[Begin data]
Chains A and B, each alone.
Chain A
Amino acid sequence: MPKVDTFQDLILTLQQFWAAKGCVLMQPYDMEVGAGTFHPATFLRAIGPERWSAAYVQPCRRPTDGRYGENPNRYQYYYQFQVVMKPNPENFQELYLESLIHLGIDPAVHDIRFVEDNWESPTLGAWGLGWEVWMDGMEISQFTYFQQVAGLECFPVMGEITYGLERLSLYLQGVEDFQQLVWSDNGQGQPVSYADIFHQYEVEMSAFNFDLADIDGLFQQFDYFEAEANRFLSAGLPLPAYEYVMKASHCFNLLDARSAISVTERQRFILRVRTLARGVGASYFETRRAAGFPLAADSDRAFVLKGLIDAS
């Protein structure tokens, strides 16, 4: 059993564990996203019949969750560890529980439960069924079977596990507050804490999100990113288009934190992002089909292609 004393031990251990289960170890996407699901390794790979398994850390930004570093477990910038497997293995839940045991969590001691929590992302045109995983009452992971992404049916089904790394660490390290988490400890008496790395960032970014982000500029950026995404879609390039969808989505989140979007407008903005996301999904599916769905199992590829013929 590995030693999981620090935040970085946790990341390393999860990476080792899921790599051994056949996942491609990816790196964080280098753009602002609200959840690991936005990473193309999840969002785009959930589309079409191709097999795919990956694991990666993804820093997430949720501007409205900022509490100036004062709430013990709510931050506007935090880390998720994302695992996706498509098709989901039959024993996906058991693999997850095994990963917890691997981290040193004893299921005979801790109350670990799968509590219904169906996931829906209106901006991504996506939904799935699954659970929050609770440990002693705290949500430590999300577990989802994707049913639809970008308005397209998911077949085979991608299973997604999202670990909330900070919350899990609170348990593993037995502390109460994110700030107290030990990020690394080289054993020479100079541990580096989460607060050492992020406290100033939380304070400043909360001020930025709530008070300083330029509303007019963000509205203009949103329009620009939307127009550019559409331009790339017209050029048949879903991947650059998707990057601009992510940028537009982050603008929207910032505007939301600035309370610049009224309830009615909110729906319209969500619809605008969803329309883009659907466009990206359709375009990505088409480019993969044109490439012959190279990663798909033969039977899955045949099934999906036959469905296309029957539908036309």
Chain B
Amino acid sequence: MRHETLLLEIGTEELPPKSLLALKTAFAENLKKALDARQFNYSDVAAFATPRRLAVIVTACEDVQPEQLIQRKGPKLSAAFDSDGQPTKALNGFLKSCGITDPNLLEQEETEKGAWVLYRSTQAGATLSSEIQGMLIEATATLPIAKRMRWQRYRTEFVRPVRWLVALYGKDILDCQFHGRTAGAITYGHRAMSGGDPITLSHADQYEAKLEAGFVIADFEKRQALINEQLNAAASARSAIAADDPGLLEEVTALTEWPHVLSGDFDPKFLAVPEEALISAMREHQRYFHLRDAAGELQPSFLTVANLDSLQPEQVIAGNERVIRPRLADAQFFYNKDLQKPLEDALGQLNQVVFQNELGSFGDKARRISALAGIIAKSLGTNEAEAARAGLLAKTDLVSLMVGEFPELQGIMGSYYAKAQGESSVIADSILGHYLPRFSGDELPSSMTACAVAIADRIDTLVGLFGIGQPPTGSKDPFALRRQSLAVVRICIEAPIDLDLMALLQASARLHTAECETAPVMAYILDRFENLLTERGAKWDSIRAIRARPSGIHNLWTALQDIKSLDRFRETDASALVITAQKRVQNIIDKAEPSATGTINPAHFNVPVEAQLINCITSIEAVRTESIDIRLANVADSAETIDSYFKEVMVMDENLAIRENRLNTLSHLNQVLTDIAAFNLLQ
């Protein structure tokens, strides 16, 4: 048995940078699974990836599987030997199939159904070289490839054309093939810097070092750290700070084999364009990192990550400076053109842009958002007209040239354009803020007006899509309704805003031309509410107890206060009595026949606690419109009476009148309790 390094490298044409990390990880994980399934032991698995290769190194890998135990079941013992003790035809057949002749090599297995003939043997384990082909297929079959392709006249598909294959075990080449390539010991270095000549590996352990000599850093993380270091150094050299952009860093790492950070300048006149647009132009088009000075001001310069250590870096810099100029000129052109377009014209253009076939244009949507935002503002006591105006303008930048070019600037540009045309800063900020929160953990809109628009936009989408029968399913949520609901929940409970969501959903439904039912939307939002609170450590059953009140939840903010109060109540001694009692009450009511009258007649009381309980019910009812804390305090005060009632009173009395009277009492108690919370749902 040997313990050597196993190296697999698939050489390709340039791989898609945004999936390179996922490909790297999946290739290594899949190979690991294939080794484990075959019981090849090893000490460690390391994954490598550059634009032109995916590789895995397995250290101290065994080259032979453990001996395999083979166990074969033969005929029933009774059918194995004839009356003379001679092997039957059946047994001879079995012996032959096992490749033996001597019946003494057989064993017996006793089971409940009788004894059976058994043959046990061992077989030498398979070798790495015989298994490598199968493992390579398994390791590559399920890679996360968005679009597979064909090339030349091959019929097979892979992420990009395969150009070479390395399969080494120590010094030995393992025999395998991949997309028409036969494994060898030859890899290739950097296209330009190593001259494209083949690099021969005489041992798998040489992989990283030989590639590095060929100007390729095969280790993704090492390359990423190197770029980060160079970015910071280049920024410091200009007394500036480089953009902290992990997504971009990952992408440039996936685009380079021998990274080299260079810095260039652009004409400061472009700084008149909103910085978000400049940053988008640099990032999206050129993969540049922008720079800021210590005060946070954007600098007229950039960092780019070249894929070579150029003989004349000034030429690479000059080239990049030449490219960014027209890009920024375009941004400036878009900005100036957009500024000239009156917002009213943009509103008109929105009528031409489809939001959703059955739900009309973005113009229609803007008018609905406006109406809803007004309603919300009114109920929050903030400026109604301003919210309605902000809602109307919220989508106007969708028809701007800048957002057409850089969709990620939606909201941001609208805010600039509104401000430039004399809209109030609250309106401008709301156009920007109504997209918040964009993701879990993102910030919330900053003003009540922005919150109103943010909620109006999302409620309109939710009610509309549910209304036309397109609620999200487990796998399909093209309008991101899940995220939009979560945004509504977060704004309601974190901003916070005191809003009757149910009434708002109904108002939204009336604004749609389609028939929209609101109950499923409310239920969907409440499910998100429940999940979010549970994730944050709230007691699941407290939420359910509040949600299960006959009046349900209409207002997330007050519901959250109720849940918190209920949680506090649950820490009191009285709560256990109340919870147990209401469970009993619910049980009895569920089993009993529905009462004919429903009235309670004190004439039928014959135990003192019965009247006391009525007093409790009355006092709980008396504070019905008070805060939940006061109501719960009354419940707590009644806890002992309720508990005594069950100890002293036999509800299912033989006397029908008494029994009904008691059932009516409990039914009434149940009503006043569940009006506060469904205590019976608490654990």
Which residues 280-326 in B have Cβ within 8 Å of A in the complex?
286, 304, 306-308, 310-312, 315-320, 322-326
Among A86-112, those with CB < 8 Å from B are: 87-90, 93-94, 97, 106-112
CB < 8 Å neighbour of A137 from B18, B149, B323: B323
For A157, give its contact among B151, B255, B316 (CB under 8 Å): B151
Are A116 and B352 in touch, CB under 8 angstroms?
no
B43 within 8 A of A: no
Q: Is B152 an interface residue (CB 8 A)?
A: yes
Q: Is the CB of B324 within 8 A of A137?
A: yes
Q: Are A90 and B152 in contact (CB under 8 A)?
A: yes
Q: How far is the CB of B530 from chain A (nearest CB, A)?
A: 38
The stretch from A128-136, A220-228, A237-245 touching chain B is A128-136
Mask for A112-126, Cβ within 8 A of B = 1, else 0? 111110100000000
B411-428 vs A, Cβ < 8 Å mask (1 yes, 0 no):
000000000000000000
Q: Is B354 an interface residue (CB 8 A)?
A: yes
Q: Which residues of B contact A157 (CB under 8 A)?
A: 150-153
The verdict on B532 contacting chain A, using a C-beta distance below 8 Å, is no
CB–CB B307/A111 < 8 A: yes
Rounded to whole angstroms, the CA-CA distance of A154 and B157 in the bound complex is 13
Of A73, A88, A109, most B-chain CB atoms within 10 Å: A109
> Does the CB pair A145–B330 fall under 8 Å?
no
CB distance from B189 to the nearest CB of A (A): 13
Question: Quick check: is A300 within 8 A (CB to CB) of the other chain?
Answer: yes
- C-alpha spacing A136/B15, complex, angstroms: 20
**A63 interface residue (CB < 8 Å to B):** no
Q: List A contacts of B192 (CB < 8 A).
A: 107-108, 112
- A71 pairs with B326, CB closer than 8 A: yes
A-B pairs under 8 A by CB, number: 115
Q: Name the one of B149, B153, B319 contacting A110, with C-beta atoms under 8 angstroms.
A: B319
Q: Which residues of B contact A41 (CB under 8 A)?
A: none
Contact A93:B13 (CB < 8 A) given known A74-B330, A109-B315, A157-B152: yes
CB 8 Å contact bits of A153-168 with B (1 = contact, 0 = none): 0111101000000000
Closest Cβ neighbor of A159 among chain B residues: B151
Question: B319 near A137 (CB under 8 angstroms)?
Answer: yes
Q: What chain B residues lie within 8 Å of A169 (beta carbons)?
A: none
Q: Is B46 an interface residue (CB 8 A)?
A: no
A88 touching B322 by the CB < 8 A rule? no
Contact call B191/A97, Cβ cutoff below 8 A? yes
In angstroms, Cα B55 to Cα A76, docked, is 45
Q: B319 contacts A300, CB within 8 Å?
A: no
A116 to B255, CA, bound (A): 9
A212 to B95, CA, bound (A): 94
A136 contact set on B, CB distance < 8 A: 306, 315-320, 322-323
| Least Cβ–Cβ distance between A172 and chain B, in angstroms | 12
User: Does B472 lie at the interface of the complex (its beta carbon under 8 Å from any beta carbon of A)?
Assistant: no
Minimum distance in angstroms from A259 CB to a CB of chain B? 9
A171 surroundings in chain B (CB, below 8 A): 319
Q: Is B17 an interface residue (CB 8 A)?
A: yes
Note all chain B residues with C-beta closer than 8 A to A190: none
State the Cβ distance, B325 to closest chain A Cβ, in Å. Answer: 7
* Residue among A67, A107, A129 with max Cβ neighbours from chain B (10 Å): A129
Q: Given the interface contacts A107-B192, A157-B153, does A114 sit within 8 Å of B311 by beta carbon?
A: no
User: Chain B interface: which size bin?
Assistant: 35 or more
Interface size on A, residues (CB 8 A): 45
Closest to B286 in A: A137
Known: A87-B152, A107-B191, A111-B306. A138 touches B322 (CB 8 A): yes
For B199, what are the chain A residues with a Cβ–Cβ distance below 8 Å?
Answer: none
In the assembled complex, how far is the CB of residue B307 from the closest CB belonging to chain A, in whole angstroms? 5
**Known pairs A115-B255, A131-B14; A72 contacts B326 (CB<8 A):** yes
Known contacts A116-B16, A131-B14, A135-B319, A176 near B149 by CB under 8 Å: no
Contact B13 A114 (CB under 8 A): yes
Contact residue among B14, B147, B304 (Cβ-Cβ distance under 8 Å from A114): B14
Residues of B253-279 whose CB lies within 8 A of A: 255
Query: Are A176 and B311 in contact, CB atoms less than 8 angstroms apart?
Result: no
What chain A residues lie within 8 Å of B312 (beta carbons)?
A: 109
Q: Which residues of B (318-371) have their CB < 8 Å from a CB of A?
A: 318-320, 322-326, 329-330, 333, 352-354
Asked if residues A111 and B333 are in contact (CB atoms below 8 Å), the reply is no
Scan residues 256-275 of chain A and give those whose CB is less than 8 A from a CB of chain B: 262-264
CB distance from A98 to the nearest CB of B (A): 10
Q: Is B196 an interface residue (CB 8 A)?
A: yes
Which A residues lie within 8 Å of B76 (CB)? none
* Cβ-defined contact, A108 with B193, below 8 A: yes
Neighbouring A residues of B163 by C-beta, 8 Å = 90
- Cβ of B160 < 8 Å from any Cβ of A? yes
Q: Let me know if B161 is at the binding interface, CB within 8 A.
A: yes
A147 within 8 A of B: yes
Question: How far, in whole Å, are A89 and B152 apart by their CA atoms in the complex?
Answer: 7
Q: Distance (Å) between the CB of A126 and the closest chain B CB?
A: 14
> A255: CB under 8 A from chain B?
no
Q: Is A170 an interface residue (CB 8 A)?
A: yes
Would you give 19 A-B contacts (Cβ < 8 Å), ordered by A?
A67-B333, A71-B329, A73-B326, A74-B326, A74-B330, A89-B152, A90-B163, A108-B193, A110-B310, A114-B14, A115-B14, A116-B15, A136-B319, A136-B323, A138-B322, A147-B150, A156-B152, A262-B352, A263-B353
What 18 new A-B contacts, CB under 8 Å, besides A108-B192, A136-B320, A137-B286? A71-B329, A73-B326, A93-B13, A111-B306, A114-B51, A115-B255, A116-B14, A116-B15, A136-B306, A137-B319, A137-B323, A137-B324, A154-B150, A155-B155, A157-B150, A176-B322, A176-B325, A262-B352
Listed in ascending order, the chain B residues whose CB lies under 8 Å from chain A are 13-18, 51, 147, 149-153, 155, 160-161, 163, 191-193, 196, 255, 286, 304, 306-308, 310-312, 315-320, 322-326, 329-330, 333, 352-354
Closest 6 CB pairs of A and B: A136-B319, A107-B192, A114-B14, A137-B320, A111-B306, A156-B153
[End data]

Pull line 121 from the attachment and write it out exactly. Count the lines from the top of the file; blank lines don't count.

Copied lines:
What 18 new A-B contacts, CB under 8 Å, besides A108-B192, A136-B320, A137-B286? A71-B329, A73-B326, A93-B13, A111-B306, A114-B51, A115-B255, A116-B14, A116-B15, A136-B306, A137-B319, A137-B323, A137-B324, A154-B150, A155-B155, A157-B150, A176-B322, A176-B325, A262-B352